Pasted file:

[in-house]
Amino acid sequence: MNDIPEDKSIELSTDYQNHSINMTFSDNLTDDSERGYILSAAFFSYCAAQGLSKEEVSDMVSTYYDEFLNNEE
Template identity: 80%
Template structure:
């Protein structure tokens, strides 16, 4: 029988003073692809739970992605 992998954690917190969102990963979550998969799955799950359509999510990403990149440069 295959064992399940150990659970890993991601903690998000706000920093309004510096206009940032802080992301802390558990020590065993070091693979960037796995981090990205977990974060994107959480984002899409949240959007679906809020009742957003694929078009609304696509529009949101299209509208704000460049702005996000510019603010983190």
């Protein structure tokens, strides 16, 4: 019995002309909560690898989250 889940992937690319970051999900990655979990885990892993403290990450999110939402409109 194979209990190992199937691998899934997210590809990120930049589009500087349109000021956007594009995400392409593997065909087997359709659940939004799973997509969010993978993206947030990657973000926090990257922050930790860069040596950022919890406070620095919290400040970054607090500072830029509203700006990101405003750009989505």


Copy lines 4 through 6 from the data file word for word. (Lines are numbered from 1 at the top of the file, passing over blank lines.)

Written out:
Template structure:
């Protein structure tokens, strides 16, 4: 029988003073692809739970992605 992998954690917190969102990963979550998969799955799950359509999510990403990149440069 295959064992399940150990659970890993991601903690998000706000920093309004510096206009940032802080992301802390558990020590065993070091693979960037796995981090990205977990974060994107959480984002899409949240959007679906809020009742957003694929078009609304696509529009949101299209509208704000460049702005996000510019603010983190």
């Protein structure tokens, strides 16, 4: 019995002309909560690898989250 889940992937690319970051999900990655979990885990892993403290990450999110939402409109 194979209990190992199937691998899934997210590809990120930049589009500087349109000021956007594009995400392409593997065909087997359709659940939004799973997509969010993978993206947030990657973000926090990257922050930790860069040596950022919890406070620095919290400040970054607090500072830029509203700006990101405003750009989505």